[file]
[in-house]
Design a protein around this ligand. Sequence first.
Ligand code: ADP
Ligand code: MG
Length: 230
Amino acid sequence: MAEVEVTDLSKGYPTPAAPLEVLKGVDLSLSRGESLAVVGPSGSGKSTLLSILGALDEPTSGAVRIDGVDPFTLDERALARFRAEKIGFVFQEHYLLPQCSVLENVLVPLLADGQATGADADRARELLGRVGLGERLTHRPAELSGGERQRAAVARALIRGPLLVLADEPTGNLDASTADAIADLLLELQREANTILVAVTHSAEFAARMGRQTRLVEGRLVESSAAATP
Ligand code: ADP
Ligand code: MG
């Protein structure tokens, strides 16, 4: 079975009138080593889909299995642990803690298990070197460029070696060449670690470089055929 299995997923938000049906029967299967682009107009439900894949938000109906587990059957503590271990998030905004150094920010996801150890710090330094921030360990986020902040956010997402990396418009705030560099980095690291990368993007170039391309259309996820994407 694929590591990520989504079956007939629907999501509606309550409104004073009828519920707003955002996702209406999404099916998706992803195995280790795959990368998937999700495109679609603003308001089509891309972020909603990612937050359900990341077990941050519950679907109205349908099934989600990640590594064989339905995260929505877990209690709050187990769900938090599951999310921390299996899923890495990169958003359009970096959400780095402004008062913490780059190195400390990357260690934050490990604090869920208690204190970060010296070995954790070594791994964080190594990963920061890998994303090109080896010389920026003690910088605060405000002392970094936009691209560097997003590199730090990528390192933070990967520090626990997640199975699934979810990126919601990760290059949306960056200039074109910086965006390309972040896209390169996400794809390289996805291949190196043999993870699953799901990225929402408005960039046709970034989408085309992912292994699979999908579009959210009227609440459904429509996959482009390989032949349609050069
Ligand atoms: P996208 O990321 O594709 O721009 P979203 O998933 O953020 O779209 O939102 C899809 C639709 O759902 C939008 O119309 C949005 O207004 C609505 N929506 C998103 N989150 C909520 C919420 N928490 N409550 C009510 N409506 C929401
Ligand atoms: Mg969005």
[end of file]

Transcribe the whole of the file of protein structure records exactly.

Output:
[in-house]
Design a protein around this ligand. Sequence first.
Ligand code: ADP
Ligand code: MG
Length: 230
Amino acid sequence: MAEVEVTDLSKGYPTPAAPLEVLKGVDLSLSRGESLAVVGPSGSGKSTLLSILGALDEPTSGAVRIDGVDPFTLDERALARFRAEKIGFVFQEHYLLPQCSVLENVLVPLLADGQATGADADRARELLGRVGLGERLTHRPAELSGGERQRAAVARALIRGPLLVLADEPTGNLDASTADAIADLLLELQREANTILVAVTHSAEFAARMGRQTRLVEGRLVESSAAATP
Ligand code: ADP
Ligand code: MG
């Protein structure tokens, strides 16, 4: 079975009138080593889909299995642990803690298990070197460029070696060449670690470089055929 299995997923938000049906029967299967682009107009439900894949938000109906587990059957503590271990998030905004150094920010996801150890710090330094921030360990986020902040956010997402990396418009705030560099980095690291990368993007170039391309259309996820994407 694929590591990520989504079956007939629907999501509606309550409104004073009828519920707003955002996702209406999404099916998706992803195995280790795959990368998937999700495109679609603003308001089509891309972020909603990612937050359900990341077990941050519950679907109205349908099934989600990640590594064989339905995260929505877990209690709050187990769900938090599951999310921390299996899923890495990169958003359009970096959400780095402004008062913490780059190195400390990357260690934050490990604090869920208690204190970060010296070995954790070594791994964080190594990963920061890998994303090109080896010389920026003690910088605060405000002392970094936009691209560097997003590199730090990528390192933070990967520090626990997640199975699934979810990126919601990760290059949306960056200039074109910086965006390309972040896209390169996400794809390289996805291949190196043999993870699953799901990225929402408005960039046709970034989408085309992912292994699979999908579009959210009227609440459904429509996959482009390989032949349609050069
Ligand atoms: P996208 O990321 O594709 O721009 P979203 O998933 O953020 O779209 O939102 C899809 C639709 O759902 C939008 O119309 C949005 O207004 C609505 N929506 C998103 N989150 C909520 C919420 N928490 N409550 C009510 N409506 C929401
Ligand atoms: Mg969005």